To install click the Add extension button. That's it.

The source code for the WIKI 2 extension is being checked by specialists of the Mozilla Foundation, Google, and Apple. You could also do it yourself at any point in time.

4,5
Kelly Slayton
Congratulations on this excellent venture… what a great idea!
Alexander Grigorievskiy
I use WIKI 2 every day and almost forgot how the original Wikipedia looks like.
Live Statistics
English Articles
Improved in 24 Hours
Added in 24 Hours
Languages
Recent
Show all languages
What we do. Every page goes through several hundred of perfecting techniques; in live mode. Quite the same Wikipedia. Just better.
.
Leo
Newton
Brights
Milds

From Wikipedia, the free encyclopedia

Unibuffel
Sri Lanka Military 0200.jpg
Unibuffel Mk II of the Sri Lankan Army
TypeArmoured personnel carrier
Place of origin Sri Lanka
Service history
In service2000 - Present
Used by Sri Lanka Army
 Sri Lanka Navy
 Sri Lanka Air Force
Special Task Force
Production history
DesignerSri Lanka Electrical and Mechanical Engineers
ManufacturerSri Lanka Electrical and Mechanical Engineers
Unit cost4 Million rupee[1]
Produced2000 - Present
VariantsMark I to Mark II
Specifications
Mass6.14 t
Length5.1 m (16.73 ft)
Width2.05 m (6.73 ft)
Height2.95 m (9.68 ft)
Crew2 + 10 passengers

ArmorClassified
Main
armament
Twin 7.62mm MG (front)
Secondary
armament
Twin 7.62mm MG (rear)
EngineTATA Diesel Engine
Hino V6 Turbo-charged Diesal Engine (MKII Improved Version)
180 hp (MKII Improved Version)
Suspension4×4 wheeled
Operational
range
1000 km (621.37 mi)
Maximum speed Road 96km/h (59.61 mph)
Off-road 30km/h (18.64 mph)

The Unibuffel is a mine-protected wheeled MRAP used by the Sri Lankan military, which is an improved version of the Unicorn, made by the Sri Lanka Electrical and Mechanical Engineers.

More than 53 Unibuffels had been manufactured as of 2006.

Production history

Although similar to the South African Buffel, it is built entirely by the Sri Lanka Electrical and Mechanical Engineers (SLEME). Initial research and development started in 1997 in an effort to field modernized MRAPs in Sri Lankan military service.[2] First production started in 2000.[3]

In 2019, SLEME began to upgrade Unibuffels with blast shock absorption seats and better protection. In 2020 full Air Conditioning was added to those being sent for UN peacekeeping operations in Mali. [4][5]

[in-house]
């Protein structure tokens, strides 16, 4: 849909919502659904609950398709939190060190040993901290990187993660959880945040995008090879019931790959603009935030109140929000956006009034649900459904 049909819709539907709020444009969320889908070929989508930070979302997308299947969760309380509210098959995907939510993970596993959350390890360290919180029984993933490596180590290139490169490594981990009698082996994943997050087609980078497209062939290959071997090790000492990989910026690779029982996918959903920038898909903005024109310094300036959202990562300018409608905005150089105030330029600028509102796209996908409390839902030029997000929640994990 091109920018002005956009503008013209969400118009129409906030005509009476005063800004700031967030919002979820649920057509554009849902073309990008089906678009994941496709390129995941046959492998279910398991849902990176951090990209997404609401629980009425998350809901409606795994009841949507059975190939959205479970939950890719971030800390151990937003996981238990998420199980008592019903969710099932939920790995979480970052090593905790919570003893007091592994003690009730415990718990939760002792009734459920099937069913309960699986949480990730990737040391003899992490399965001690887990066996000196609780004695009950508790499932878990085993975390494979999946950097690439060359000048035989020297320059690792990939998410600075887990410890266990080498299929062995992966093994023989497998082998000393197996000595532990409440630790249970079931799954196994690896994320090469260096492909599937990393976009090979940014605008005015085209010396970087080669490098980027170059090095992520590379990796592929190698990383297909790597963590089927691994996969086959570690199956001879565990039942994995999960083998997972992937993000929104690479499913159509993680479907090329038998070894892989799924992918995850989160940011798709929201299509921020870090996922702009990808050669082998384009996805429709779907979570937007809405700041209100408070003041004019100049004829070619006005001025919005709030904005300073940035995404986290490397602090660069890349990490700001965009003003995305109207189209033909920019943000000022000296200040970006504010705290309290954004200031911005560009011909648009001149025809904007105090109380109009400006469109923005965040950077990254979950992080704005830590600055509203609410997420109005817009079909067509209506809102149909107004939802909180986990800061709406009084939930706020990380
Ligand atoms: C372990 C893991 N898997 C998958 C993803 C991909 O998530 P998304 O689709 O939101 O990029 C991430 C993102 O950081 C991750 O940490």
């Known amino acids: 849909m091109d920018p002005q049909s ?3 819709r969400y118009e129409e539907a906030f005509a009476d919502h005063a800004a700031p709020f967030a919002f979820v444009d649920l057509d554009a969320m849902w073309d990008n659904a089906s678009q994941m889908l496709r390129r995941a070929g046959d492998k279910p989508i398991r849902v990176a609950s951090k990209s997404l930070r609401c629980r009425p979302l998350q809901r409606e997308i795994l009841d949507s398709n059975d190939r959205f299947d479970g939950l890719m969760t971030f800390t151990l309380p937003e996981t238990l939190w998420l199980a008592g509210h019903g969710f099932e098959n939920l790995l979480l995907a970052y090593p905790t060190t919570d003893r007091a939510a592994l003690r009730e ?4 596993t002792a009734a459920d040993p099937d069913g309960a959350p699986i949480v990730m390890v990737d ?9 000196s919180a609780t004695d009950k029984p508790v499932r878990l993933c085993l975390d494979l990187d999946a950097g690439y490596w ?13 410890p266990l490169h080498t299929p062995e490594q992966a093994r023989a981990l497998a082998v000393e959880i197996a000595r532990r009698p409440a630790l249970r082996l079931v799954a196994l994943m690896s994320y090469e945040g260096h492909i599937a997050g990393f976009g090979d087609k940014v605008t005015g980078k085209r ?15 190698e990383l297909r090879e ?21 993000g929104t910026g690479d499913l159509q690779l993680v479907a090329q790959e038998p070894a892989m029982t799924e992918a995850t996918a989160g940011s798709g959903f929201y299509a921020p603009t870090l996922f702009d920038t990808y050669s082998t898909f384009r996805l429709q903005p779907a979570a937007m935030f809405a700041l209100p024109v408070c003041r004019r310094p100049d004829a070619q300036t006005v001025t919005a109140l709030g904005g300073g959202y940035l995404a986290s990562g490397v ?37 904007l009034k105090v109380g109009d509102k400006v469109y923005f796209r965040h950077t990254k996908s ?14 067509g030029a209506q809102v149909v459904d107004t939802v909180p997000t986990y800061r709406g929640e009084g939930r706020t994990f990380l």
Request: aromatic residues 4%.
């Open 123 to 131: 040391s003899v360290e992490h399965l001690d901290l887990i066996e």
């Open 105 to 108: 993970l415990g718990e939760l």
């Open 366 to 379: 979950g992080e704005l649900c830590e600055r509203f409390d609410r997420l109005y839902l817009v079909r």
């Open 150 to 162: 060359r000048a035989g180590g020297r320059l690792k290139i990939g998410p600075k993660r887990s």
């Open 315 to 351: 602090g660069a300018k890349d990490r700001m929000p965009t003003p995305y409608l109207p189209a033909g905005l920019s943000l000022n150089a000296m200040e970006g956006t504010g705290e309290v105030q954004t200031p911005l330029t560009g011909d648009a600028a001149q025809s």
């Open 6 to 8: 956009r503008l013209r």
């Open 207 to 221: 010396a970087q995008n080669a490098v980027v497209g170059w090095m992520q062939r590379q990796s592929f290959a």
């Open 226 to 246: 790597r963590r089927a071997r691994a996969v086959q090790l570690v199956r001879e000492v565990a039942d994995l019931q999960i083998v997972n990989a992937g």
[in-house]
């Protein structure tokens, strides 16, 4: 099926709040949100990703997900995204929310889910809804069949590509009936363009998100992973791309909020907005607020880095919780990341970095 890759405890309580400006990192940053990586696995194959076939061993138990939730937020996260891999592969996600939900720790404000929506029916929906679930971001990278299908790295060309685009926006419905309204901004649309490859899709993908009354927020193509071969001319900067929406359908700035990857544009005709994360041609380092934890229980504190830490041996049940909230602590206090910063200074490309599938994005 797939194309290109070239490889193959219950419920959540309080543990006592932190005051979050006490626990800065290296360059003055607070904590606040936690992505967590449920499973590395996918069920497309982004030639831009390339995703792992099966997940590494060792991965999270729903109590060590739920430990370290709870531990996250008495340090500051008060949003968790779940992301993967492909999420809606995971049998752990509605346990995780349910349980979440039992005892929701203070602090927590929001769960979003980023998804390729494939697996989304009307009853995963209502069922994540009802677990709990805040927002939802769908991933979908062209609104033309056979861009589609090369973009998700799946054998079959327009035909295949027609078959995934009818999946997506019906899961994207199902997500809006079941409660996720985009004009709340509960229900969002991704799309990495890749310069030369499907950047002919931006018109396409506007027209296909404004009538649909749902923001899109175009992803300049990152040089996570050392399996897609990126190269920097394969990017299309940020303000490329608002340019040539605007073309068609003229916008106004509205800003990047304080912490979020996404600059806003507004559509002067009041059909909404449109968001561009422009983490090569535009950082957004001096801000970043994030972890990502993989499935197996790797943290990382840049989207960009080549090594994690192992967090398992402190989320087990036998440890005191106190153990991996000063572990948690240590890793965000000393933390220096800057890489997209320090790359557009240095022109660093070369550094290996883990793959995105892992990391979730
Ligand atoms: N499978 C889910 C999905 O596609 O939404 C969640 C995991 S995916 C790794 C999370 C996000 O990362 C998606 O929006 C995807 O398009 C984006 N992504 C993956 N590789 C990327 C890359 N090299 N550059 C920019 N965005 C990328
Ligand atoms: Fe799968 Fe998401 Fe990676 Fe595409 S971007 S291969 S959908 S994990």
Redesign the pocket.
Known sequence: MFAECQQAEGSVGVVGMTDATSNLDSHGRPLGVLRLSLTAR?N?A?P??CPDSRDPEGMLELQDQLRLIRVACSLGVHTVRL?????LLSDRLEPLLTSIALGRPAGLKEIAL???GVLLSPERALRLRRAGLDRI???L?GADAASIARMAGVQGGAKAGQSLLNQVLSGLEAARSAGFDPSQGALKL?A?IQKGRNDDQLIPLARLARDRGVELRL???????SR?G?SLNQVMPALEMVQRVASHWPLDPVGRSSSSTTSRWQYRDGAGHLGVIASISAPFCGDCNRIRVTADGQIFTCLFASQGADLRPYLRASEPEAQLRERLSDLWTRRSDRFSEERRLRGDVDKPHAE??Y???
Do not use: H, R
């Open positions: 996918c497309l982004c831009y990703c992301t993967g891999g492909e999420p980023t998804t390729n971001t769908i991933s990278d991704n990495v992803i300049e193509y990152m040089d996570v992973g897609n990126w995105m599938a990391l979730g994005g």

Combat Usage

Unibuffel MK II
Unibuffel MK II

The Unibuffel proved quite successful in the Sri Lankan civil war, it could transport troops through rough terrain with ease, and had good protection, it participated in all Sri Lankan Army operations 2005 onwards.

When Sri Lankan troops joined United Nations Stabilisation Mission in Haiti, 16 Unibuffels was deployed to serve as their APC.[6]

In June, 2020 the United Nations Multidimensional Integrated Stabilization Mission in Mali, nine Unibuffels were deployed to Mail under urgent operational requirements for peacekeeping operations in Mali.[7]

Design

The Unibuffel has an enclosed troop compartment and has gun mounts on the front and back to equip it with machine guns.[8] The Typhoon 25mm cannon can also be equipped as a port defense weapon on a flatbed version.[8]

The vehicle is powered by a TATA engine which can deal easily with rough terrain.[1] Bulletproof glass was imported from China on a needed basis.[1]

Variants

The variants of the Unibuffel consist of following categories,

  • Mark I
  • Mark II
  • Mark II Improvise Version (Designed and Manufactured for UN Peacekeeping Missions)

Operators

See also

References

  1. ^ a b c d "The evolution of the indigenous armoured vehicle: From Unicorn to Unibuffel". 2007-09-30. Archived from the original on 2019-10-10.
  2. ^ https://alt.army.lk/sleme/si/si-history-sleme_6
  3. ^ Camp & Heitman, p. 238-239
  4. ^ "New locally made MPV better at withstanding mines: SLEME". The Sunday Times Sri Lanka. Retrieved 2019-03-10.
  5. ^ "Sri Lanka Army-Manufactured Air-conditioned Mali-bound Unibuffels Ready for Shipment | Sri Lanka Army". www.army.lk. Retrieved 2020-06-26.
  6. ^ https://alt.army.lk/sleme/history-sleme_7
  7. ^ http://www.sundaytimes.lk/190317/news/mali-needs-us-341034.html
  8. ^ a b Camp & Heitman, p. 239
  9. ^ https://www.armyrecognition.com/sri_lanka_army_military_uk/sri_lanka_sri_lankan_army_land_ground_forces_military_equipment_armoured_vehicle_pictures.html
  10. ^ https://www.globalsecurity.org/military/world/sri-lanka/navy-amphibious.htm

Further reading

  • Surviving the Ride: A Pictorial History of South African-Manufactured Mine-Protected Vehicles by Steve Camp & Helmoed Römer Heitman
This page was last edited on 30 July 2020, at 19:28
Basis of this page is in Wikipedia. Text is available under the CC BY-SA 3.0 Unported License. Non-text media are available under their specified licenses. Wikipedia® is a registered trademark of the Wikimedia Foundation, Inc. WIKI 2 is an independent company and has no affiliation with Wikimedia Foundation.